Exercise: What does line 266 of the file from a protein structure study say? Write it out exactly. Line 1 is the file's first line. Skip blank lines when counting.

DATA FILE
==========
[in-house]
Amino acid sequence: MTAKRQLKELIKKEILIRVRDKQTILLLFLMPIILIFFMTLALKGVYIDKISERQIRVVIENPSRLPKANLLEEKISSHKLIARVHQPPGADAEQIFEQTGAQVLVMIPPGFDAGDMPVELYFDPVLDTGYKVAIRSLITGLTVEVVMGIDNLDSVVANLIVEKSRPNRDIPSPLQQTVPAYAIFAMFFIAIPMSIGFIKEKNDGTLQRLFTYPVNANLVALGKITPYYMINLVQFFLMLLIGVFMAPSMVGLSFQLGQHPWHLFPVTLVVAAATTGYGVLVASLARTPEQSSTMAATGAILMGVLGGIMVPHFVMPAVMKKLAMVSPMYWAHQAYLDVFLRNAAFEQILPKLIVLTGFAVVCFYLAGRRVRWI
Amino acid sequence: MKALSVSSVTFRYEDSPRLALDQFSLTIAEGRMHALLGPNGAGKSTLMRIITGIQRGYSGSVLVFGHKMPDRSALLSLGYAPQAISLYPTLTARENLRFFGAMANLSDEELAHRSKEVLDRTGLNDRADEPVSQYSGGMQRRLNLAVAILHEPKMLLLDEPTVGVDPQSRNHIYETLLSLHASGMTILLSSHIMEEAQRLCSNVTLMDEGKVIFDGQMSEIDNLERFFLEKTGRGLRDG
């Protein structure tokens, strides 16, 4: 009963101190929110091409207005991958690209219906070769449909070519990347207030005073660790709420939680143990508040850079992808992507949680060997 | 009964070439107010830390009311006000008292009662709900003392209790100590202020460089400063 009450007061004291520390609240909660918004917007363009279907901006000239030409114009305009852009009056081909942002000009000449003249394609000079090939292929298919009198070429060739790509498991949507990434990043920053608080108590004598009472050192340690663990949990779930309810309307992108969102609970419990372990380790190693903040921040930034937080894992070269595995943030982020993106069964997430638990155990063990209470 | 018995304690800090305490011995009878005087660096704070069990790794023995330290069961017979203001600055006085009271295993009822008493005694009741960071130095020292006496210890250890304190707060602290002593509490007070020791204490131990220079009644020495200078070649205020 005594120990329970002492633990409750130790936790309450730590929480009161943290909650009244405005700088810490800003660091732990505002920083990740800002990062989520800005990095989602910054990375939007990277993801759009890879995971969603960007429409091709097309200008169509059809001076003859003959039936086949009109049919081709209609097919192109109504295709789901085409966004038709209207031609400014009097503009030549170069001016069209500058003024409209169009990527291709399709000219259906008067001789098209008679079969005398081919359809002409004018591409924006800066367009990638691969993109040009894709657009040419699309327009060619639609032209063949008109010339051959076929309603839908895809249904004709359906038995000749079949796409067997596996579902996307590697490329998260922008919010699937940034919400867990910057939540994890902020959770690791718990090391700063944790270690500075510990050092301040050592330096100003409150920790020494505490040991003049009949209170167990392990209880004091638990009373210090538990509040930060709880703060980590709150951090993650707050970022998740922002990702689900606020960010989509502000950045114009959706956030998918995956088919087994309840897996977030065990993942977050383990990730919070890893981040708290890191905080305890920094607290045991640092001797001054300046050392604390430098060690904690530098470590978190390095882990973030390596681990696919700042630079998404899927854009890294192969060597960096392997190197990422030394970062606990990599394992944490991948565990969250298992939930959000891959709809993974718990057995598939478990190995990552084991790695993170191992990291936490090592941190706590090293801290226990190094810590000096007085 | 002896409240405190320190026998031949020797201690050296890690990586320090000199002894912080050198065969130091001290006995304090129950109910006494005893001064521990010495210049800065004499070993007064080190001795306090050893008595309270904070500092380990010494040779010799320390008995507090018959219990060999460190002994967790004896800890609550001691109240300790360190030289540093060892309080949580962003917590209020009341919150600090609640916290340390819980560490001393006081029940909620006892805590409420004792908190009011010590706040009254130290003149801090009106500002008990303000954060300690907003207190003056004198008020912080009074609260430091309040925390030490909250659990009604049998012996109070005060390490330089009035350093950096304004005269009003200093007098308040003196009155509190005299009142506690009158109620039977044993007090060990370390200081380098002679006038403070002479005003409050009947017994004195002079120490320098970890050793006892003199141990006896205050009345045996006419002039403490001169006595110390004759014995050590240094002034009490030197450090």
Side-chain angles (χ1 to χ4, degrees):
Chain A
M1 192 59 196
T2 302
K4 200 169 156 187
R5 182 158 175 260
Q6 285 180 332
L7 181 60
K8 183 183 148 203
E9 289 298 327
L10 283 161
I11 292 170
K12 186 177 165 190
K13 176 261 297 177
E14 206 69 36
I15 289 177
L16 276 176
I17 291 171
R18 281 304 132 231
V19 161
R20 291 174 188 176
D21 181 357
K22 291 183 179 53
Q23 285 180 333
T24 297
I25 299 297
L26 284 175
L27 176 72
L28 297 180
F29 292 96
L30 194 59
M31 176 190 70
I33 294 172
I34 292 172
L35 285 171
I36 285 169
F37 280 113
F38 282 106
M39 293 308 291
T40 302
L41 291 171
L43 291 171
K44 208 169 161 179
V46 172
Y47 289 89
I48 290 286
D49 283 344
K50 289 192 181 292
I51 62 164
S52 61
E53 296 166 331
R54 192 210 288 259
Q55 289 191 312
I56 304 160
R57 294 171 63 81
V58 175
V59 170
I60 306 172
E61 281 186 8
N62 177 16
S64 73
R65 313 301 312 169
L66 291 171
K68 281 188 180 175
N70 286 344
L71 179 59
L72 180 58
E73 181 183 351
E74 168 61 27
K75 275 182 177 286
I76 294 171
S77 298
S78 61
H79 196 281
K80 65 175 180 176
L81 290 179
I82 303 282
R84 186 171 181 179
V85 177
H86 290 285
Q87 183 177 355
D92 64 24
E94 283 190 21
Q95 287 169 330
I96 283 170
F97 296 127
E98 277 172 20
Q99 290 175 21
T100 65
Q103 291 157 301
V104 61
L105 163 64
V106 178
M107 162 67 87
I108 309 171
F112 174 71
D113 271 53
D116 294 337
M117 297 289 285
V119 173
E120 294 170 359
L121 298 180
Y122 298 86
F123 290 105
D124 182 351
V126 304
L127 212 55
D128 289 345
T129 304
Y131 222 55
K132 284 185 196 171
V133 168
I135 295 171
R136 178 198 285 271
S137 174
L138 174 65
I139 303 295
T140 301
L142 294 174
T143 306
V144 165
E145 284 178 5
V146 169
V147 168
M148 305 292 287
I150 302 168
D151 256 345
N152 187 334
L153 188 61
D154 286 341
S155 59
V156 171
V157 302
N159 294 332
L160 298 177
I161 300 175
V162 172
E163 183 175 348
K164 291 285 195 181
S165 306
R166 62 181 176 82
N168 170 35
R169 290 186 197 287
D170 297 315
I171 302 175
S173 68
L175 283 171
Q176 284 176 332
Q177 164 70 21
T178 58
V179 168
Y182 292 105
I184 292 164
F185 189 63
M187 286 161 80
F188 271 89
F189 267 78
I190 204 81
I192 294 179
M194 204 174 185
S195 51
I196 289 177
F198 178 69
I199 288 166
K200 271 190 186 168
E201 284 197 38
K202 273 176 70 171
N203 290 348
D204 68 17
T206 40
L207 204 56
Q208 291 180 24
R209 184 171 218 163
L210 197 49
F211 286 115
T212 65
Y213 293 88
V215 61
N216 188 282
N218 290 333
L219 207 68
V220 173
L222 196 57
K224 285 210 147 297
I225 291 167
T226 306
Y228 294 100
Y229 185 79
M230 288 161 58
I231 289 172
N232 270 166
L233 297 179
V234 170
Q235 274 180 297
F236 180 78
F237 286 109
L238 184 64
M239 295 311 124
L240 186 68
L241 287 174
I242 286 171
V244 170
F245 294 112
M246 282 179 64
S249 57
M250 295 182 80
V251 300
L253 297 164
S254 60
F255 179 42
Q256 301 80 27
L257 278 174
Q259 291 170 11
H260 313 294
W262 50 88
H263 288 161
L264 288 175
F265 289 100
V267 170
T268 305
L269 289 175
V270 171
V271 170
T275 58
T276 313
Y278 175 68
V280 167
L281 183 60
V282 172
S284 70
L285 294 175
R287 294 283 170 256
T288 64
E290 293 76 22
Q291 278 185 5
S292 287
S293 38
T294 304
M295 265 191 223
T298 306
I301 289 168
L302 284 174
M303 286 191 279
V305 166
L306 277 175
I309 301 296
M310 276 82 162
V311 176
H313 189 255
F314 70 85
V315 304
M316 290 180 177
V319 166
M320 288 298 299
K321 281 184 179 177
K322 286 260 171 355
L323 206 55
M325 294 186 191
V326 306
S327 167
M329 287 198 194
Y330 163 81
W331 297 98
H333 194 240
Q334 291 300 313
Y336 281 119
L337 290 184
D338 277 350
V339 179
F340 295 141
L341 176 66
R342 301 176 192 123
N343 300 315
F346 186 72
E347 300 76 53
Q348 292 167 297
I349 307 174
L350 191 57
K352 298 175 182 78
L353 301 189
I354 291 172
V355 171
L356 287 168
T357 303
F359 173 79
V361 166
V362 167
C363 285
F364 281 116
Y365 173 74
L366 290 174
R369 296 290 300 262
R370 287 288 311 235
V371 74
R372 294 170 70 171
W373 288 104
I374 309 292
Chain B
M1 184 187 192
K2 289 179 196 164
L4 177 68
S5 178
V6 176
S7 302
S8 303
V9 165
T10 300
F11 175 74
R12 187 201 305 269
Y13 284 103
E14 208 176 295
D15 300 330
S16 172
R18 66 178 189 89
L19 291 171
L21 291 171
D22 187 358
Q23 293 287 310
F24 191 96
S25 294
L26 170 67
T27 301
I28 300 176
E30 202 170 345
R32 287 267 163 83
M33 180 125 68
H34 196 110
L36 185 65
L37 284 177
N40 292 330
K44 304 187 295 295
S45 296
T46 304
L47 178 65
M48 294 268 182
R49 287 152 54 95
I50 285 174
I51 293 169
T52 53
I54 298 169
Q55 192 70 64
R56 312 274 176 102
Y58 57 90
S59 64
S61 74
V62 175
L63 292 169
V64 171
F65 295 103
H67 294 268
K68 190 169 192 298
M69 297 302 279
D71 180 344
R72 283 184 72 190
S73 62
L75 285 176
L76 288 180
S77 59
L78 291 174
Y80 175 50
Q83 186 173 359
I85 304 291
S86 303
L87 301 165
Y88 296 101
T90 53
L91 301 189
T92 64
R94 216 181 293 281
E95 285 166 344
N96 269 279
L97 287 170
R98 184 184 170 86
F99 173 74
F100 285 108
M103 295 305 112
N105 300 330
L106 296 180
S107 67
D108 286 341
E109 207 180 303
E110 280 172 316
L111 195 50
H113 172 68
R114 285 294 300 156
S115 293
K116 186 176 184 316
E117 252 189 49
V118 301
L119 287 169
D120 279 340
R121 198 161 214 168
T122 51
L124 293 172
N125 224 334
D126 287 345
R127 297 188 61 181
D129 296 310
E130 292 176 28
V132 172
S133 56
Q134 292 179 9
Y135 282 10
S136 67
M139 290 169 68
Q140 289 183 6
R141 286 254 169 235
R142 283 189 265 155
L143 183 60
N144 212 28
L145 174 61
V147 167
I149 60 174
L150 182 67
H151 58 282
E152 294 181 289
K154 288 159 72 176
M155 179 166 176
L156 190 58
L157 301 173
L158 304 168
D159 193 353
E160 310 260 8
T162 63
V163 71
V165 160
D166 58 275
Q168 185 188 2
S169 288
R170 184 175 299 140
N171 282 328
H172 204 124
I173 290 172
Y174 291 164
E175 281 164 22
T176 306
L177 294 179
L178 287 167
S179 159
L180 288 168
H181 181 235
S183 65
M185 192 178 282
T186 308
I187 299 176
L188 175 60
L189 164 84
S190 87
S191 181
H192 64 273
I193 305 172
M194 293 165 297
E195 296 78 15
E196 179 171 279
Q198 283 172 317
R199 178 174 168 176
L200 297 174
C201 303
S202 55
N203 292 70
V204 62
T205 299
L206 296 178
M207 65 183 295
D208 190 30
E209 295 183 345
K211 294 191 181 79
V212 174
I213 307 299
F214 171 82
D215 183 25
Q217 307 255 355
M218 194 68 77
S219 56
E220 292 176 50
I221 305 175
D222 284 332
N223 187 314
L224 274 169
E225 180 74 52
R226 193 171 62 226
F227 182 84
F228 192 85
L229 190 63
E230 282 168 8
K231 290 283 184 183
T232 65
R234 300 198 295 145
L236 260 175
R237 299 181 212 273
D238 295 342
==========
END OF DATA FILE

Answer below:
Y330 163 81